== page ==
Jeff and the Kellys, A Vintage Vignette
Jeff and the Kellys
A Vintage Vignette by John P. Rankin
September 3, 2009
Two villages have clustered around the spring that forms the headwaters of Indian Creek. The spring is still visible along Kelly Spring Road at its junction with Jeff Road. According to a story written in years past by Virgil Carrington (“Pat”) Jones, there was a small fort at the spring to protect early settlers from possible Indian attacks. Parcels of land in that area were patented from 1809 to 1837 by a number of pioneers. Among them were William Routt, Gabriel Moore, Robert Lewis, William and Charles Price, Samuel Jones, Jenkin Whiteside, Edmond Strange, and John Reasonhover. Benjamin Wilburn bought the land around the spring about 1828 and held it until his death. Pat Jones’ story mentions that a malaria outbreak probably led to the abandonment of the first village. Perhaps even Wilburn’s death was due to malaria, but that is not known today. The hypothesis is reasonable, as the area is low and swampy, possibly a malaria-carrying mosquito breeding ground.
In 1853 Joshua Oscar Kelly got the land from Wilburn’s estate. He added to it until he owned the entire section of 640 acres around the spring. It lies south of Burwell Road, east of Jeff Road, north of Kelly Spring Road, and west of David Douglass Road. William J. Kelly purchased parcels of nearby land at the southeastern side of Capshaw Mountain in 1853 and 1854. Deeds recorded in 1900 and 1914 show additional land was purchased near Harvest by members of the Kelly family. This land lay primarily between Old Railroad Bed Road and the Ardmore Highway, south of McLemore Road and north of Harvest Road. It was purchased by D. E., J. O., and Thomas B. Kelly to cover all of another complete section of 640 acres excepting 40acres purchased by William F. Garner. The Garner parcel is now the Harvest Hills Golf Course.
In the 1900s the Kelly family owned 2500 acres of land in the county. They initially grew cotton. When slave labor was eliminated after the Civil War, the Kelly emphasis shifted to grow apple and pear orchards and to raise cattle. Pat Jones stated in his story that at the end of the Civil War, J. O. Kelly gave his former slaves money and food to get them established in their new lives. Several of them remained with him and no doubt assisted in converting to fruit and livestock, entailing less labor than cotton. The Kellys took pride in the fact that through the years, their land was never mortgaged, and they were known to be a major fruit supplier in the region. They established a second village around the old homesite, setting up a post office, telephone switchboard, blacksmith shop, nursery, cotton gin, and a general merchandise shop. The post office led to the “Jeff” name of the community. The family had called it “Jefferson Davis”, in honor of the President of the Confederacy. According to Pat Jones, postal regulations required a shorter name for the post office, so it was shortened to simply “Jeff”. It perhaps could just as well have been called “Kelly”.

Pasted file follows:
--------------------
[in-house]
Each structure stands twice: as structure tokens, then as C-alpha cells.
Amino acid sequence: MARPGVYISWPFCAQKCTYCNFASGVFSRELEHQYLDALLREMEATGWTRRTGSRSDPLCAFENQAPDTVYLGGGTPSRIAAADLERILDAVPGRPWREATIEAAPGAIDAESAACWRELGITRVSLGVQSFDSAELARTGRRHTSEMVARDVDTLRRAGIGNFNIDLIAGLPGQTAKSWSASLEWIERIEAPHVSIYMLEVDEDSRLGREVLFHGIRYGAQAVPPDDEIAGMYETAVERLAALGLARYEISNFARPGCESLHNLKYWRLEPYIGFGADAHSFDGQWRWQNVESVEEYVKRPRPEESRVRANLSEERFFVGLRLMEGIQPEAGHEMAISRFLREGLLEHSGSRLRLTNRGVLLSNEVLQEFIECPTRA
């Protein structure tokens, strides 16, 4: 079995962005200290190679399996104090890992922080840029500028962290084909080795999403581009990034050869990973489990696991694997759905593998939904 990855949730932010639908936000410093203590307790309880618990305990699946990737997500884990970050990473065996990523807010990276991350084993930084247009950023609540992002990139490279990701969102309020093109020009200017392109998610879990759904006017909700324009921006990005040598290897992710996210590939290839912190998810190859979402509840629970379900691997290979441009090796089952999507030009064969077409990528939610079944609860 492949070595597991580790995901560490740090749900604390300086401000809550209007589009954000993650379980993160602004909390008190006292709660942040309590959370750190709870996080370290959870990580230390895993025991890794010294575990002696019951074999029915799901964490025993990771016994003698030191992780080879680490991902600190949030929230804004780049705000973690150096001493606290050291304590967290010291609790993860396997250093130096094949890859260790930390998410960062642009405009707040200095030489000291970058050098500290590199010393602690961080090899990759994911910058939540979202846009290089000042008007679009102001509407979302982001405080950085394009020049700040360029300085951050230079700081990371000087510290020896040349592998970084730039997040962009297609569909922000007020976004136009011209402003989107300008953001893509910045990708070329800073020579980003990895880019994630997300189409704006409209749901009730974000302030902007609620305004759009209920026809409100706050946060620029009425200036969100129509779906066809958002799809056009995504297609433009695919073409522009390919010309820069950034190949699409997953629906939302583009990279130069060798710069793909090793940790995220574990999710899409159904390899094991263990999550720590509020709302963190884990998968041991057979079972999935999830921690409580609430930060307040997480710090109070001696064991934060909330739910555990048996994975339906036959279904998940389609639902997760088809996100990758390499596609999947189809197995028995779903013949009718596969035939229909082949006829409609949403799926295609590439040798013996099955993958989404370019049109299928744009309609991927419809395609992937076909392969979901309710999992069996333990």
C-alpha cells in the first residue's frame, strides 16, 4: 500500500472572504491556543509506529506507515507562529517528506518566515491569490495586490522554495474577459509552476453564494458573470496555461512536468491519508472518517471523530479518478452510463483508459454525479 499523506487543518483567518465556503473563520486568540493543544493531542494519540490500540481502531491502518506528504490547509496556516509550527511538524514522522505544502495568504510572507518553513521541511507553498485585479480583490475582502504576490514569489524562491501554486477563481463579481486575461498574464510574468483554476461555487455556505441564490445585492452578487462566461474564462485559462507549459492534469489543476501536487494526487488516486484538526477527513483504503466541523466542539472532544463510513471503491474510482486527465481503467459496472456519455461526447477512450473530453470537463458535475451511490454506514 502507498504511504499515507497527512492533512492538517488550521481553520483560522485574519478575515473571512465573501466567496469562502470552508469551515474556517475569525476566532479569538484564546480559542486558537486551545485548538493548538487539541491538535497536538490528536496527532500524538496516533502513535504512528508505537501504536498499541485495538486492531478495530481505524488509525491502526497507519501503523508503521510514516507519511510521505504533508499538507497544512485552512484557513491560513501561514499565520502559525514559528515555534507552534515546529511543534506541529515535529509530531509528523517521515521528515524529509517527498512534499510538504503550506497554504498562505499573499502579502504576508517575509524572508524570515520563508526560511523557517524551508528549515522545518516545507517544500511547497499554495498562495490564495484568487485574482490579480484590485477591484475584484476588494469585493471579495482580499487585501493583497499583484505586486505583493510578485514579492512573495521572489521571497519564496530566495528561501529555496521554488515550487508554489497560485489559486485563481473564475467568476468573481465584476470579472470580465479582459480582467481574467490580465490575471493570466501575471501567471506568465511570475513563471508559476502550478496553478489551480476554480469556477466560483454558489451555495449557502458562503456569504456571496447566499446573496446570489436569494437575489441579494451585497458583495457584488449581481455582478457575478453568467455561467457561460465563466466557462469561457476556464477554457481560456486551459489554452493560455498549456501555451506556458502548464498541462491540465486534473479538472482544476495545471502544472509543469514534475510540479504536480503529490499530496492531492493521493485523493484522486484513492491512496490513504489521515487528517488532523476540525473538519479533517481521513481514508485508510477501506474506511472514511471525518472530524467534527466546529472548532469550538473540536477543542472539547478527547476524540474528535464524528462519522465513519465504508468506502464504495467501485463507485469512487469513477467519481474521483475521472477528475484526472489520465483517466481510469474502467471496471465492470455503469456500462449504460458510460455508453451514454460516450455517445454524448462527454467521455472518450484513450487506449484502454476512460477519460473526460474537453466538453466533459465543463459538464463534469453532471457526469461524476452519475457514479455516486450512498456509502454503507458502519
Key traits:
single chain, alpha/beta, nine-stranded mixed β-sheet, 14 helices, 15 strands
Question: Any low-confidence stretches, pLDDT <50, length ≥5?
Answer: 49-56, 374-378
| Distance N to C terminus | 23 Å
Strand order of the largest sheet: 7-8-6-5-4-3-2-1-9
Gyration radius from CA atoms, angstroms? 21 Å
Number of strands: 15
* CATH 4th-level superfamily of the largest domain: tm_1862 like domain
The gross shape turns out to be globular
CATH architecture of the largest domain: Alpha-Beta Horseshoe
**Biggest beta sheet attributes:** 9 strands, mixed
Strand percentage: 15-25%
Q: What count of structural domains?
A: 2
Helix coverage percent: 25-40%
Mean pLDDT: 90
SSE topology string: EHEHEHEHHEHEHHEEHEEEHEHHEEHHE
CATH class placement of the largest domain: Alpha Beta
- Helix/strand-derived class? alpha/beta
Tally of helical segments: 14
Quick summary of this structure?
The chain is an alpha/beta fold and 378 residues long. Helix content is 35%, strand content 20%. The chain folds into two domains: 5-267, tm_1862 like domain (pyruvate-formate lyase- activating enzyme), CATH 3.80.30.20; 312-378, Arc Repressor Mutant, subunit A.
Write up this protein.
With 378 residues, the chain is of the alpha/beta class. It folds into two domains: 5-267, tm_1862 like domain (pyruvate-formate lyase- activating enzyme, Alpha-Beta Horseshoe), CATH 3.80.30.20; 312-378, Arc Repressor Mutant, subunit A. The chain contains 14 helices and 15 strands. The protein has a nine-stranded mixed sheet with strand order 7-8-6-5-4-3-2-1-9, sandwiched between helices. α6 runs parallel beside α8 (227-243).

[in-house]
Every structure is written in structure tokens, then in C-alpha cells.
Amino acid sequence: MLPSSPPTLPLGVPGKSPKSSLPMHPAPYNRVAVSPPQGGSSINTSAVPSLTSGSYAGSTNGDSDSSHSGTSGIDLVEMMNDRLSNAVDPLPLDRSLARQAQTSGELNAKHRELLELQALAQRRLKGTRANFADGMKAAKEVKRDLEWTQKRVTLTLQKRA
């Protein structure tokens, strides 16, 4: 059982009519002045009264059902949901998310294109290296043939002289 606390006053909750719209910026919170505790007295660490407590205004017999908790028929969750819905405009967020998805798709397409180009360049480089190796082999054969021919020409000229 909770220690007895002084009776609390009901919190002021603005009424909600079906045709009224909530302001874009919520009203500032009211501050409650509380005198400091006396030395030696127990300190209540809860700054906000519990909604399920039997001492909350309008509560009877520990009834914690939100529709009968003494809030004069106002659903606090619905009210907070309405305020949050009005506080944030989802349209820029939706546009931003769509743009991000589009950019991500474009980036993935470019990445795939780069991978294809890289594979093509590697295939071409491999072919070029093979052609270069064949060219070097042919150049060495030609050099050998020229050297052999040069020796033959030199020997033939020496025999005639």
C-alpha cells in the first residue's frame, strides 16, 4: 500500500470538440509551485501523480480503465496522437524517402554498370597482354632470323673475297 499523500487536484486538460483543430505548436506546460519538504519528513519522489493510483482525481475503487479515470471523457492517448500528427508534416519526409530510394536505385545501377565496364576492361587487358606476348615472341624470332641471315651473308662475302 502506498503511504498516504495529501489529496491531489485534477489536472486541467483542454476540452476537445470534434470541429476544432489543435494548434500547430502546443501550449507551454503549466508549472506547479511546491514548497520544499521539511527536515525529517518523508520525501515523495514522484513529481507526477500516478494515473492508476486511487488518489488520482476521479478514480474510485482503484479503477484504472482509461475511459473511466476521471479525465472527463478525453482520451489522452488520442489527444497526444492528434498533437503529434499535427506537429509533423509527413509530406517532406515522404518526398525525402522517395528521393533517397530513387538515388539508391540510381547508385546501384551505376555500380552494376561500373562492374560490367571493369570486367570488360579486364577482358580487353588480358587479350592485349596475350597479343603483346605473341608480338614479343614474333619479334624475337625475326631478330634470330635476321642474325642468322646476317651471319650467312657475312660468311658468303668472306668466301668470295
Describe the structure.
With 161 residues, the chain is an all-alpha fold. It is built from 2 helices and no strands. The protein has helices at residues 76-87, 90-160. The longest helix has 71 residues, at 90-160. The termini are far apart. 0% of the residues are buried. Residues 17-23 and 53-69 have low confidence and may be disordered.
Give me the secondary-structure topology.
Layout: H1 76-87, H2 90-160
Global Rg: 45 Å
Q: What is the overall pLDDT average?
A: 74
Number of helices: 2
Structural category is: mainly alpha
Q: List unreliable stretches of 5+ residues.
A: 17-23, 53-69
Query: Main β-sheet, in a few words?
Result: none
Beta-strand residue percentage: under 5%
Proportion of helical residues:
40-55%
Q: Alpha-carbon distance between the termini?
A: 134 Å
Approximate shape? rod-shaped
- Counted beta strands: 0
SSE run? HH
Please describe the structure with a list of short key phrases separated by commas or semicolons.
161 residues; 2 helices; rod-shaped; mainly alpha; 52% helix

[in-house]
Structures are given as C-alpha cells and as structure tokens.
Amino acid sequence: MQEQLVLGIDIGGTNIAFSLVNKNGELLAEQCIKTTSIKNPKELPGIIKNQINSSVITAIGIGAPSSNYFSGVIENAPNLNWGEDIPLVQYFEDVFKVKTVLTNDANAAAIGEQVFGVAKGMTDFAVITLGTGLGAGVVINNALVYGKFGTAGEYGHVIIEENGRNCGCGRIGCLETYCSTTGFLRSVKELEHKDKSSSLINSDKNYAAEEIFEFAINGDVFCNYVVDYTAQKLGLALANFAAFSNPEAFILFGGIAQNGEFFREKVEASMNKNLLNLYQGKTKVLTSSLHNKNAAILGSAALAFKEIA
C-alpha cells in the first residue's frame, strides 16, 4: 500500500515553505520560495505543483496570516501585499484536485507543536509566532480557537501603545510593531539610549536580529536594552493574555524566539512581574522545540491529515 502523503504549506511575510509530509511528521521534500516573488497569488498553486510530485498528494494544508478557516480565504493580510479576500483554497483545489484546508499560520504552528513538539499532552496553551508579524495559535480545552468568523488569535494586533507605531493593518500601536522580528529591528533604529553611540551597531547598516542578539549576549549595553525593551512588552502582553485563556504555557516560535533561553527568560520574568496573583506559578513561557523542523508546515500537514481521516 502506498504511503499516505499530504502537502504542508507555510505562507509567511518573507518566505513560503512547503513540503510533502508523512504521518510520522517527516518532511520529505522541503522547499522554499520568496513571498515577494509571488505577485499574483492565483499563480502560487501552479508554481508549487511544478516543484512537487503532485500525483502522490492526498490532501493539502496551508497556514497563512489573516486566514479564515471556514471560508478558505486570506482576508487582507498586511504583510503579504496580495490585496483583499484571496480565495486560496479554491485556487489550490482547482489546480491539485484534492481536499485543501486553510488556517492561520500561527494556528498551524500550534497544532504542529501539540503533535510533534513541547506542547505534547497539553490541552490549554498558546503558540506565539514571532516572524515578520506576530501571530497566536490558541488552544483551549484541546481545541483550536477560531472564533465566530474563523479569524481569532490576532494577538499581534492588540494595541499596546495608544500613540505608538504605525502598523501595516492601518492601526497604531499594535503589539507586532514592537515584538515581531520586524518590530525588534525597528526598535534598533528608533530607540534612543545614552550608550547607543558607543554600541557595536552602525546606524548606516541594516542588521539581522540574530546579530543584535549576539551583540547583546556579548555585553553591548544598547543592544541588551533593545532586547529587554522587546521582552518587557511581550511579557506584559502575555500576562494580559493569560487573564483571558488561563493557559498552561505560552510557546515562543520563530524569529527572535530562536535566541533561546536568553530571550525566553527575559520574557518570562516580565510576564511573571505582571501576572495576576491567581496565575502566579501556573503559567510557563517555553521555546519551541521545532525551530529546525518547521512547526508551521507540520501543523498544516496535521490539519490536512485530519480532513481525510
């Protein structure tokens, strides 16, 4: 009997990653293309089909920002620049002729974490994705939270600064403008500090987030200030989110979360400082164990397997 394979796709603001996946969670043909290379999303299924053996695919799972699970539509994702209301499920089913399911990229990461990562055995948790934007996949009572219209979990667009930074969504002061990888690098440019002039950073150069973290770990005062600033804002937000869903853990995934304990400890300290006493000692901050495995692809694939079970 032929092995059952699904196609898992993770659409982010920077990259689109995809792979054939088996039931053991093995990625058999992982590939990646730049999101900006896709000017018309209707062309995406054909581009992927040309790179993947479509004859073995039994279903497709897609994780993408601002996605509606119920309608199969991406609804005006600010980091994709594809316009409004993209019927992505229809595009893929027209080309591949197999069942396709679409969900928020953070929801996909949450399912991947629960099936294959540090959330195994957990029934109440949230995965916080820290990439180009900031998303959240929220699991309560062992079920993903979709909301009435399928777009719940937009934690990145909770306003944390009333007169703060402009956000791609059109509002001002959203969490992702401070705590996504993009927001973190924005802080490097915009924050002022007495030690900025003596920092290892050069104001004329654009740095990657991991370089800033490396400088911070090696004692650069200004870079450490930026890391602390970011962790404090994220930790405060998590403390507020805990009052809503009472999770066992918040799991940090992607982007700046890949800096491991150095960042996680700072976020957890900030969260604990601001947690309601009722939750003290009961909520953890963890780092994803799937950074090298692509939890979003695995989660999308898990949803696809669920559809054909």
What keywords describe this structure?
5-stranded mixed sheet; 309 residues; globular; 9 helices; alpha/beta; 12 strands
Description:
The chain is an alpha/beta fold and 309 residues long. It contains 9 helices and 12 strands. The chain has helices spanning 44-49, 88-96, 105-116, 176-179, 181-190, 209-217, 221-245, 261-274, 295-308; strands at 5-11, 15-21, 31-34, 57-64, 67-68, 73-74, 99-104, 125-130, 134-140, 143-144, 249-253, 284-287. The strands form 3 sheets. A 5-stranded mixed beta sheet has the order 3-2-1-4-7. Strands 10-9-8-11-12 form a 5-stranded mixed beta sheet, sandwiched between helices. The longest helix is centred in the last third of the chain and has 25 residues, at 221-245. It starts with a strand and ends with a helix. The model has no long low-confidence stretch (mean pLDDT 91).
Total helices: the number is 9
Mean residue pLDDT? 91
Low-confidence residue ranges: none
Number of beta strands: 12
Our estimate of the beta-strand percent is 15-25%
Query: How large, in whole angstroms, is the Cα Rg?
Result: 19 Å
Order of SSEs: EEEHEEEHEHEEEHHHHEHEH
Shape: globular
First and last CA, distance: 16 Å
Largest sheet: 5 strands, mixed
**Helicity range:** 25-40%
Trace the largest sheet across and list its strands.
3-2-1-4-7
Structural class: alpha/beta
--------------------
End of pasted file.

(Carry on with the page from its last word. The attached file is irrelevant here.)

The Kelly family came to Madison County from Virginia. David Emmitt Kelly (1793-1857) and his wife Nancy Rebecca Wesson settled along what today is Pulaski Pike. It was there that the Kelly family cemetery was established, when their infant daughter Susan Jane died in 1832. Dorothy Scott Johnson recorded 48 names at graves in the cemetery in her book “Cemeteries of Madison County, Alabama, Volume 1”. Joshua Oscar Kelly (1826-1897) was a son of David and Nancy. He married Sarah Belinda Strong (1835-1915), and from 1852 to 1874 they had ten children: William Oscar, Charles Joshua, Martha Susan, David Edward, Joshua Oscar (Jr.), George Lawson, Sallie Lena, Lula Alice, Nannie Lee, and Laura May Kelly. The Kellys intermarried with many of the prominent pioneer families of this area, and they have numerous famous relatives. Among those are U. S. President Zachary Taylor and Martin Van Buren’s wife Angelica, Mark Twain (Samuel Langhorne Clemens), Eli Whitney, Elvis Presley, and several more famous authors, as well as more U. S. Presidents of later generations.